Examples of the contrast between purely ego-related, self-absorbed goals and a larger vision would include the difference between a goal to create a great new product or service, rather than trying to capture a big market share from the product. Or building a solid, mutually loving relationship with a partner, rather than wanting to "have" a girlfriend or boyfriend to show off or have readily-available sex with. Too much self-interest tends to undermine success in life. That's been observed in the business world by looking at the goals of those who proved to be most successful: They achieved business and career goals by pursuing them indirectly, by deliberately not pursuing them. In relationships, the same principle is visible among those whose aims are not so much to "acquire" a new partner, but who wants to experience pleasure and enjoyment in relationships, and then find that one may grow and develop over time.
What Does It Take To Get There? -- The assumption that lower systolic blood pressure means you don't have enough "energy" to achieve your goals is very mixed-up thinking. It confuses lower motivation associated with residing in a wish-fulfilling, ego-serving fantasy -- and which may correlate with lower blood pressure -- with the ingredients for energizing the cognitive and emotional capacities you need for achieving a goal or objective that you've visualized, not just fantasized about.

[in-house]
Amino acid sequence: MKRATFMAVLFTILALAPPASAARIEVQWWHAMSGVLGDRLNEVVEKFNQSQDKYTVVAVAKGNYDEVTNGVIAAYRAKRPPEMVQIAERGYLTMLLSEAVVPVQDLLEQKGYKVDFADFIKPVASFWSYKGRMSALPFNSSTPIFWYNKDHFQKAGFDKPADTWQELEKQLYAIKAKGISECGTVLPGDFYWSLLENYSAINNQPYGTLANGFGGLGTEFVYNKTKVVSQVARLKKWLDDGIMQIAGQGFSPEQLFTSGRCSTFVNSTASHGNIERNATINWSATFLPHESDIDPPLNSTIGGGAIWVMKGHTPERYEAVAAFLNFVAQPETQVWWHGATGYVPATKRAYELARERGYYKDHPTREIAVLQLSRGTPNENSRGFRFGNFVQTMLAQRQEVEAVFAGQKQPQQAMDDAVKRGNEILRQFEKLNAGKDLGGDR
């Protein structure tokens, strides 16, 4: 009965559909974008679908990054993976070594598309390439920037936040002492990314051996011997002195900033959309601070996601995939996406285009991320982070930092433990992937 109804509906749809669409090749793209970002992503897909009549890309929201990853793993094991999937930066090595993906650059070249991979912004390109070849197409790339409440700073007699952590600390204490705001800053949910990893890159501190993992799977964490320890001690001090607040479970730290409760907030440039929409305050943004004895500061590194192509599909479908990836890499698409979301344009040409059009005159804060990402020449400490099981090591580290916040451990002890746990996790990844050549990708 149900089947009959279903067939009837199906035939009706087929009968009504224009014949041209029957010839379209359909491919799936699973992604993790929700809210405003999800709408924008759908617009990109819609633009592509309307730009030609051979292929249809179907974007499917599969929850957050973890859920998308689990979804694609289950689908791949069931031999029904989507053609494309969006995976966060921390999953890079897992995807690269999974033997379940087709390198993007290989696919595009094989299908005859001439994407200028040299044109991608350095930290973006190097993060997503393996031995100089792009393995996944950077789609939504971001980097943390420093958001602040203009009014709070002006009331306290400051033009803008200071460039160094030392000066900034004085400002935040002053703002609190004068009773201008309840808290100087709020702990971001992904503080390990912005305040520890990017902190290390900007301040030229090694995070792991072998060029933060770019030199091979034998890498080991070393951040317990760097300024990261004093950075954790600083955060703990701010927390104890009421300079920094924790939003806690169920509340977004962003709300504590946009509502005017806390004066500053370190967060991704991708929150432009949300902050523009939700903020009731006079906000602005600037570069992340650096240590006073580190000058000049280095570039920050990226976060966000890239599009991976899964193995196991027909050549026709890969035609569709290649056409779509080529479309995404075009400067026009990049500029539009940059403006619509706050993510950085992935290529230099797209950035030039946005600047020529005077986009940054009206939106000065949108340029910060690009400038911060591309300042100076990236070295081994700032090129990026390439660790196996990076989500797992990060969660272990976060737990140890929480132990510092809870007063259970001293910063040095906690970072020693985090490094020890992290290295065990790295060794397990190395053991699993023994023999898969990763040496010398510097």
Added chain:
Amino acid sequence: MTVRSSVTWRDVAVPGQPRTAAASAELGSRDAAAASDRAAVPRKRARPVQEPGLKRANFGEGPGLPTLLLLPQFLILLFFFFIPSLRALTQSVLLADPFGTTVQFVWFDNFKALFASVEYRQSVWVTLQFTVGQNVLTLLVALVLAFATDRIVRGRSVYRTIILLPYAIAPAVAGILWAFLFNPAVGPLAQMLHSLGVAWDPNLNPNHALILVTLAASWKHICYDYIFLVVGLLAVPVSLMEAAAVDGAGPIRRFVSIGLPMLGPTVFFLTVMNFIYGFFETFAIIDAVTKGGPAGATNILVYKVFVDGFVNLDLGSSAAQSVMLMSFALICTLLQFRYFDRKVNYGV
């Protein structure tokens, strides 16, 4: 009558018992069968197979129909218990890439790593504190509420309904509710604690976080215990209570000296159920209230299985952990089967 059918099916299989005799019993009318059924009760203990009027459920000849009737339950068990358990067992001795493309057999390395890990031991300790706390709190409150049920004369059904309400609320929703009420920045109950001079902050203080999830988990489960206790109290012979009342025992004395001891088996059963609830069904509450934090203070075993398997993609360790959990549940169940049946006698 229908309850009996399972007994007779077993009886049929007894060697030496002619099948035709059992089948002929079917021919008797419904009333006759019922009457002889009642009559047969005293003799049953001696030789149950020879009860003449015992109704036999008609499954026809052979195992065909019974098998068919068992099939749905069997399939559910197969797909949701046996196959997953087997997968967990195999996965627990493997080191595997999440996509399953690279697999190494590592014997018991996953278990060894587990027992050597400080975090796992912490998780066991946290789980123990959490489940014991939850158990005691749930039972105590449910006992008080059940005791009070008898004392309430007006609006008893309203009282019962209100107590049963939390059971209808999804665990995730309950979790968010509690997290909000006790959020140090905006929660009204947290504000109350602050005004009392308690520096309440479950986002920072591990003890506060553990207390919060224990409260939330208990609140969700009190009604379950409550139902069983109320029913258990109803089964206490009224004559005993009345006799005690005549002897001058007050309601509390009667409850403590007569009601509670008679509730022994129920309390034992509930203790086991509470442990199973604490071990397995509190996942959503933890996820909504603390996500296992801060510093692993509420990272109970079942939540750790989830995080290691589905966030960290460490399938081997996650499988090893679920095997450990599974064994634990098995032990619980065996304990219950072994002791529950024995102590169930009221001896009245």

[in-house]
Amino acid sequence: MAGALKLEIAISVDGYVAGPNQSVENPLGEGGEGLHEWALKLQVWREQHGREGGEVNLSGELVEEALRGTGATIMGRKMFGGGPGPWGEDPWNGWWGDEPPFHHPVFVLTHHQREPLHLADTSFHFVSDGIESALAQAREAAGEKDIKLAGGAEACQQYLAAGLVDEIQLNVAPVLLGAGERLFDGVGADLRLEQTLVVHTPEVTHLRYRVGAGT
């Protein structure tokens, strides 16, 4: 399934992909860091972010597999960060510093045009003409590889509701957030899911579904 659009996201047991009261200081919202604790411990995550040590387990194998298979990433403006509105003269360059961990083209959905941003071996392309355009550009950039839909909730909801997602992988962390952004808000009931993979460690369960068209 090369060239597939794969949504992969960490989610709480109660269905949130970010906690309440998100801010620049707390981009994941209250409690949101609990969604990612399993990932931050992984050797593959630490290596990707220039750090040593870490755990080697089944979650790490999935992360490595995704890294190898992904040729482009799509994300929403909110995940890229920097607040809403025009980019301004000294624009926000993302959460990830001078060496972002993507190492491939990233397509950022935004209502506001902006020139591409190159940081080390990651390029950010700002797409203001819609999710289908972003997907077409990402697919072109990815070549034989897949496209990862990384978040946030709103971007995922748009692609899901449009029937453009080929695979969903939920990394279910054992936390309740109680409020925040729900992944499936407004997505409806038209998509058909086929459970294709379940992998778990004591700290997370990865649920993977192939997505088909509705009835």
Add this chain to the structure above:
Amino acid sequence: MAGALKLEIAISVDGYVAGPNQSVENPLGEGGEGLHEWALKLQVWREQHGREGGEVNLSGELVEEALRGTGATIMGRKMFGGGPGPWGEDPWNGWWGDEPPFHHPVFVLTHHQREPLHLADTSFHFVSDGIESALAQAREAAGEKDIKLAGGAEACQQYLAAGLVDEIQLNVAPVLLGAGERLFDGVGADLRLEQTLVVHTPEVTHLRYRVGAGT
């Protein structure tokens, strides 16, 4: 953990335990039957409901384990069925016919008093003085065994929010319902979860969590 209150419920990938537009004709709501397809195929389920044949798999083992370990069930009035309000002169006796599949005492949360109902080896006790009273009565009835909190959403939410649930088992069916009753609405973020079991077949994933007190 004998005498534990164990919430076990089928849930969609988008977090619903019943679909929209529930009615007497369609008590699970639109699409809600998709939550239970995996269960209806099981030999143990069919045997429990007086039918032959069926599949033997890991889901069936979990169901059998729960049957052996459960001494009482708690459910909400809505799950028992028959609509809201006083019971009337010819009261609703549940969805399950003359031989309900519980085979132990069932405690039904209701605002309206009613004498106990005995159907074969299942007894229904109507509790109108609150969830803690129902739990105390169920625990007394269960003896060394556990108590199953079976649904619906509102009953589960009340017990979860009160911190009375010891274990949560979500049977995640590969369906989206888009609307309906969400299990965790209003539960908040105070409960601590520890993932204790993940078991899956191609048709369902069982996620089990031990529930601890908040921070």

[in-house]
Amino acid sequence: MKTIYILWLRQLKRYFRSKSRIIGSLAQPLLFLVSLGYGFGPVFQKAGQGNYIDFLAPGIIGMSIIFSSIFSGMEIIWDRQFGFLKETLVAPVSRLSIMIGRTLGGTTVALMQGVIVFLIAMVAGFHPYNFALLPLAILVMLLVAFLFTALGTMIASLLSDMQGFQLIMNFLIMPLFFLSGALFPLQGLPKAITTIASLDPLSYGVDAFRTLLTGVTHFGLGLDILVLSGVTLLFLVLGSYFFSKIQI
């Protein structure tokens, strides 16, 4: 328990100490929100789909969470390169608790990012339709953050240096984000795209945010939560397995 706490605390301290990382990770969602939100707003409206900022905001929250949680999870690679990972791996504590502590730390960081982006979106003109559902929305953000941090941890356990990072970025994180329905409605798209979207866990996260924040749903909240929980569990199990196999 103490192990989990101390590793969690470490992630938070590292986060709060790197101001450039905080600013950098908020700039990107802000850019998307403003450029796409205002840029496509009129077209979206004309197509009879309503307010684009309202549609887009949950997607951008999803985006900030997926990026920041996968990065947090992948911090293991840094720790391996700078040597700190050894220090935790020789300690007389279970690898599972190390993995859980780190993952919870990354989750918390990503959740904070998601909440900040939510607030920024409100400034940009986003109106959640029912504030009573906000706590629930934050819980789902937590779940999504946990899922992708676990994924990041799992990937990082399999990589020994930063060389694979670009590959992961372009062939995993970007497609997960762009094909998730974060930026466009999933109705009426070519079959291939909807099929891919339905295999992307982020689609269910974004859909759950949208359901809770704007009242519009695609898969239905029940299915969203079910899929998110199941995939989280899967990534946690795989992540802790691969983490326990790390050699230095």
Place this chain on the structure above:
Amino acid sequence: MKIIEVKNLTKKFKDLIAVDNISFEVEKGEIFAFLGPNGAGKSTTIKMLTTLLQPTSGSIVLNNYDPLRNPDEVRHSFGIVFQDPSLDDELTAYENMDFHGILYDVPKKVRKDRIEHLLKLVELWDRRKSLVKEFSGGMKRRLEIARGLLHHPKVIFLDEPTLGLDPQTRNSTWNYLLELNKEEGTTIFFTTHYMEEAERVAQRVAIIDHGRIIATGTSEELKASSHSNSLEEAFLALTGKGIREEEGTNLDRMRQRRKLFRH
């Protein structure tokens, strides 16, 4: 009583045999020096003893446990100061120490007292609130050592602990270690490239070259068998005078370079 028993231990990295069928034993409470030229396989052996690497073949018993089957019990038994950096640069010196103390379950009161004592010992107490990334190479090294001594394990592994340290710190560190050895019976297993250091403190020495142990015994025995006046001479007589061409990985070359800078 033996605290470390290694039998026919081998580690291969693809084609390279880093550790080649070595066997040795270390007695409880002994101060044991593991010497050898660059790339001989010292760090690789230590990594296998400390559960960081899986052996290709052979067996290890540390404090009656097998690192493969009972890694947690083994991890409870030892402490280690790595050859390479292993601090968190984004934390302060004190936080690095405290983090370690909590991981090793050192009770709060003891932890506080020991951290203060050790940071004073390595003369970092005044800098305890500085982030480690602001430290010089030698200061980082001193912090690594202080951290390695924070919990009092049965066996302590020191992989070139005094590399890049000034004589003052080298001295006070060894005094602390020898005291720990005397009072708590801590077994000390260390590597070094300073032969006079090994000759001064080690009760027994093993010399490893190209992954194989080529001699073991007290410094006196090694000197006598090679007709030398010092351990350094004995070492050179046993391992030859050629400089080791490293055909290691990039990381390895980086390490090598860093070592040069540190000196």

That is, an internal state of calm -- associated with lower blood pressure -- can underlie both wishful thinking and having a clear focus on and determination to achieve your visualized goal or objective. Much research supports this. For example, a large number of studies of the impact of meditation upon the brain and behavior show that internal calm, centeredness, focusing and mindful attention enhance both your cognitive powers and the strategic actions you need to undertake to bring your vision into reality.
The upshot: Know the difference between idealized fantasies that go nowhere and a vision of possibility that activates your powers and your actions. Pursue goals that have worthwhile impact on something more than just your own narrow self-interest. And realize that internal focus, mindfulness and physiological calm activate the right kind of energy for making your vision possible. And that's no "Secret."
Douglas LaBier, Ph.D., a business psychologist and psychotherapist, is Director of the Center for Progressive Development in Washington, D.C. You may contact him at dlabier@CenterProgressive.org.